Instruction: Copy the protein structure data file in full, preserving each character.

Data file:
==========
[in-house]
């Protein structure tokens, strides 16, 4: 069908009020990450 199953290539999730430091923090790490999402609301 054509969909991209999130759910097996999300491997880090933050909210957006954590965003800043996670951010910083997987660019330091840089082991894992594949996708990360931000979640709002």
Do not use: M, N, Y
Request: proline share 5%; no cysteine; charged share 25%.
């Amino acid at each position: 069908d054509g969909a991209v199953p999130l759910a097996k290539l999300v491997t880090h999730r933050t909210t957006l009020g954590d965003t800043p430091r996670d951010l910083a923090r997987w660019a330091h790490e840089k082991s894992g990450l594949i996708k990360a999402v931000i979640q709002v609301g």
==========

[in-house]
């Protein structure tokens, strides 16, 4: 069908009020990450 199953290539999730430091923090790490999402609301 054509969909991209999130759910097996999300491997880090933050909210957006954590965003800043996670951010910083997987660019330091840089082991894992594949996708990360931000979640709002």
Do not use: M, N, Y
Request: proline share 5%; no cysteine; charged share 25%.
């Amino acid at each position: 069908d054509g969909a991209v199953p999130l759910a097996k290539l999300v491997t880090h999730r933050t909210t957006l009020g954590d965003t800043p430091r996670d951010l910083a923090r997987w660019a330091h790490e840089k082991s894992g990450l594949i996708k990360a999402v931000i979640q709002v609301g």